Pathogen transmission (Forensic Science)
Bacteria, protozoa, fungi, and viruses can all act as natural pathogens. Transmission occurs either directly, through contact with a host, or indirectly, through contact with a contaminated object (a fomite) or with a vehicle carrying the pathogen, such as air, water, or food. Living vectors, such as insects or animals, can also transmit various pathogens. Each pathogen has a specific way it gains entry to a host to cause disease and a specific manner by which it is released from the initial host to find a new host.
Criminals employing pathogens as weapons can use any of the natural transfer mechanisms to inflict damage or death, or they can artificially cause transfer, introducing pathogens or their parts (such as spores or toxins) by routes that the natural organisms would not or could not use. For example, consider the toxin produced by the bacterium Clostridium botulinum. This organism is normally found in the soil and infects improperly prepared foods. A malefactor, however, might affect a single individual by putting the bacterium in the target’s food or injecting it into the person; alternatively, terrorists might contaminate a city’s water supply with C. botulinum, potentially affecting millions of people.
Investigators working to solve cases involving pathogen transmission typically use techniques of epidemiology, the science of understanding how diseases behave in populations. These techniques include...
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Further Reading (Forensic Science)
Henderson, Donald A., and Thomas V. Inglesby. Bioterrorism: Guidelines for Medical and Public Health Management. Chicago: American Medical Association, 2002.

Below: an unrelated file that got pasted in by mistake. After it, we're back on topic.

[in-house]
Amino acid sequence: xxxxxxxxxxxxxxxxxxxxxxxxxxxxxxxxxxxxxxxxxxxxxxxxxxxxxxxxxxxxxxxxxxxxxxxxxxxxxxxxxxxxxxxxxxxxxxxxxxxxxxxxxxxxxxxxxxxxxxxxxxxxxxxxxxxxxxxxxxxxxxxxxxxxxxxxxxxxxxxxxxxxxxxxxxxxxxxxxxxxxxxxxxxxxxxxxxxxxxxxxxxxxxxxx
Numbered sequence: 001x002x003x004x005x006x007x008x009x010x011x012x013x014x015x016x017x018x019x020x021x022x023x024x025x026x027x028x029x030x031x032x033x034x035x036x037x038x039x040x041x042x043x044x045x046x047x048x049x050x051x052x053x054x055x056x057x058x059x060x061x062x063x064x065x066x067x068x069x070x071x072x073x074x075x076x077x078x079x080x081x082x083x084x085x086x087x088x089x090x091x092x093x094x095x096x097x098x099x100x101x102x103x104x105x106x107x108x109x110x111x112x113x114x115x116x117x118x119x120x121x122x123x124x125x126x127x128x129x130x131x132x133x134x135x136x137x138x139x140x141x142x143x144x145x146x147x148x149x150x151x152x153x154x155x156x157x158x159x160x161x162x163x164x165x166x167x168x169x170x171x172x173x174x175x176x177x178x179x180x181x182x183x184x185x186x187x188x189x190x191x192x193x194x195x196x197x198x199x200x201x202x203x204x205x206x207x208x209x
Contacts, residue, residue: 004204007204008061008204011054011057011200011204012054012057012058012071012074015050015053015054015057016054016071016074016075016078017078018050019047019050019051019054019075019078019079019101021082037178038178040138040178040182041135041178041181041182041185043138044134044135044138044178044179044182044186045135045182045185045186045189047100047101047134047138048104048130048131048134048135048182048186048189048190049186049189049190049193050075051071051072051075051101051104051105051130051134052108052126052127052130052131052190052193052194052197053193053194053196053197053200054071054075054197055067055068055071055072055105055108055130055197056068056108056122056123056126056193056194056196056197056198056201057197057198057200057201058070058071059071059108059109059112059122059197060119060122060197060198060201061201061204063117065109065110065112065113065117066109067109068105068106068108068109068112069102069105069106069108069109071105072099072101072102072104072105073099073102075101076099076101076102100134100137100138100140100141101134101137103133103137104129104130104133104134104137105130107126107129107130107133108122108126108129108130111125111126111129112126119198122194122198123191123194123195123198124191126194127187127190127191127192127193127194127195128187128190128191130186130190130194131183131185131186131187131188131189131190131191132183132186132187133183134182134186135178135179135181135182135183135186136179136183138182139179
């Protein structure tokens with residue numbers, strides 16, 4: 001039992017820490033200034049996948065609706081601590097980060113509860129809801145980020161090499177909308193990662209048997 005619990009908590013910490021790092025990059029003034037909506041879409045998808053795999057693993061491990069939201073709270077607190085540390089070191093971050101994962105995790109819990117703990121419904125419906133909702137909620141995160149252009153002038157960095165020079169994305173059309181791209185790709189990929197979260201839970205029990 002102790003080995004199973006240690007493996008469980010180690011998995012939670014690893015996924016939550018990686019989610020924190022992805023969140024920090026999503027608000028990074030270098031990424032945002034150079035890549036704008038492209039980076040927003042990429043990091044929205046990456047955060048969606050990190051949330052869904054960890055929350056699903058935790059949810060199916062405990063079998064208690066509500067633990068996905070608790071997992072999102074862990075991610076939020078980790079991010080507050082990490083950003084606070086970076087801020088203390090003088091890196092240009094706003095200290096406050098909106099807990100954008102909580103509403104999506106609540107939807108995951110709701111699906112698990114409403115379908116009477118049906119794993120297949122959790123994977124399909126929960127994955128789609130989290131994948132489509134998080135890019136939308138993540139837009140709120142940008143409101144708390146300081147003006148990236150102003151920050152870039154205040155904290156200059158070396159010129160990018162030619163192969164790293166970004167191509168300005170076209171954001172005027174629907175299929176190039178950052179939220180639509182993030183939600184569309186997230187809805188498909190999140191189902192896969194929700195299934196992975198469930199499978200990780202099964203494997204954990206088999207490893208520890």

Loue, Sana. Case Studies in forensic Epidemiology. New York: Springer, 2002.
Wheelis, Mark, Lajos Rózsa, and Malcolm Dando, eds. Deadly Cultures: Biological Weapons Since 1945. Cambridge, Mass.: Harvard University Press, 2006.
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Pathogen Transmission (World of Forensic Science)
Forensic investigation of an illness, outbreak, or a death can be concerned with disease causing (pathogenic) microorganisms and, more specifically, with their route of transmission. Unearthing how an organism infected the victim(s) can be crucial when the organism is capable of spreading through a population quickly, or is a threat to public health.
Pathogens are microorganisms such as viruses, bacteria, protozoa, and fungi that cause disease in humans and other species. Pathogen transmission involves three steps: escape from the host, travel, and infection of the new host. Pathogen transmission occurs in several ways, usually dependent on the ecology of the organism. For example, respiratory pathogens are usually airborne, while pathogens of the digestive tract tend to be food- or waterborne. Epidemiologists group pathogen transmission into two general typesirect and indirect contactithin which there are several mechanisms.